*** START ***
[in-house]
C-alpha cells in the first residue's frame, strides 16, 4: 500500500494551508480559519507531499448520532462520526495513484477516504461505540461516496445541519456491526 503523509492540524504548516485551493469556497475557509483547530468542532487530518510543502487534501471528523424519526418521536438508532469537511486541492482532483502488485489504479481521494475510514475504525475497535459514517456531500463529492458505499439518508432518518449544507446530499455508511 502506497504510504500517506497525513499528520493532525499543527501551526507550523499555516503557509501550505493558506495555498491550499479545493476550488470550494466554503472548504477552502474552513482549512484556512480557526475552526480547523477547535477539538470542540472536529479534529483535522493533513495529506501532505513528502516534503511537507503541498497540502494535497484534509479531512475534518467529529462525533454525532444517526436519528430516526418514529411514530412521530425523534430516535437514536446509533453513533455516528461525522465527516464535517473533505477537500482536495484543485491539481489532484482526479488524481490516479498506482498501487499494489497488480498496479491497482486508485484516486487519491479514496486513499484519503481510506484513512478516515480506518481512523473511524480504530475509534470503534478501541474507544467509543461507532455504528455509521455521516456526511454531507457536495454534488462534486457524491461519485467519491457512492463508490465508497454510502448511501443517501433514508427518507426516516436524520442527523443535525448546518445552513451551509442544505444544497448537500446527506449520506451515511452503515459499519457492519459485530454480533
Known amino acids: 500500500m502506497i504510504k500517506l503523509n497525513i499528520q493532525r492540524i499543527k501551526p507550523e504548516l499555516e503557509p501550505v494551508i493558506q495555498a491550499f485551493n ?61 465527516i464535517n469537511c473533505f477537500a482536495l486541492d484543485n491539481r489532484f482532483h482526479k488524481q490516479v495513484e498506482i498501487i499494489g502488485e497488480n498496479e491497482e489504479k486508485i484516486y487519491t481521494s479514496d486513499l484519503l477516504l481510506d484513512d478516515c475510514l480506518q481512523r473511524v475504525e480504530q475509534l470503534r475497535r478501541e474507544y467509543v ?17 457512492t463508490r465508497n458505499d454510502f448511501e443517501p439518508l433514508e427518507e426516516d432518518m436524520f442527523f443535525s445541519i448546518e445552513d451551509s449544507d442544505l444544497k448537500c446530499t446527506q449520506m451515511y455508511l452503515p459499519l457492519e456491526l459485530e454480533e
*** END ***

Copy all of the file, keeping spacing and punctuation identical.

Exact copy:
[in-house]
C-alpha cells in the first residue's frame, strides 16, 4: 500500500494551508480559519507531499448520532462520526495513484477516504461505540461516496445541519456491526 503523509492540524504548516485551493469556497475557509483547530468542532487530518510543502487534501471528523424519526418521536438508532469537511486541492482532483502488485489504479481521494475510514475504525475497535459514517456531500463529492458505499439518508432518518449544507446530499455508511 502506497504510504500517506497525513499528520493532525499543527501551526507550523499555516503557509501550505493558506495555498491550499479545493476550488470550494466554503472548504477552502474552513482549512484556512480557526475552526480547523477547535477539538470542540472536529479534529483535522493533513495529506501532505513528502516534503511537507503541498497540502494535497484534509479531512475534518467529529462525533454525532444517526436519528430516526418514529411514530412521530425523534430516535437514536446509533453513533455516528461525522465527516464535517473533505477537500482536495484543485491539481489532484482526479488524481490516479498506482498501487499494489497488480498496479491497482486508485484516486487519491479514496486513499484519503481510506484513512478516515480506518481512523473511524480504530475509534470503534478501541474507544467509543461507532455504528455509521455521516456526511454531507457536495454534488462534486457524491461519485467519491457512492463508490465508497454510502448511501443517501433514508427518507426516516436524520442527523443535525448546518445552513451551509442544505444544497448537500446527506449520506451515511452503515459499519457492519459485530454480533
Known amino acids: 500500500m502506497i504510504k500517506l503523509n497525513i499528520q493532525r492540524i499543527k501551526p507550523e504548516l499555516e503557509p501550505v494551508i493558506q495555498a491550499f485551493n ?61 465527516i464535517n469537511c473533505f477537500a482536495l486541492d484543485n491539481r489532484f482532483h482526479k488524481q490516479v495513484e498506482i498501487i499494489g502488485e497488480n498496479e491497482e489504479k486508485i484516486y487519491t481521494s479514496d486513499l484519503l477516504l481510506d484513512d478516515c475510514l480506518q481512523r473511524v475504525e480504530q475509534l470503534r475497535r478501541e474507544y467509543v ?17 457512492t463508490r465508497n458505499d454510502f448511501e443517501p439518508l433514508e427518507e426516516d432518518m436524520f442527523f443535525s445541519i448546518e445552513d451551509s449544507d442544505l444544497k448537500c446530499t446527506q449520506m451515511y455508511l452503515p459499519l457492519e456491526l459485530e454480533e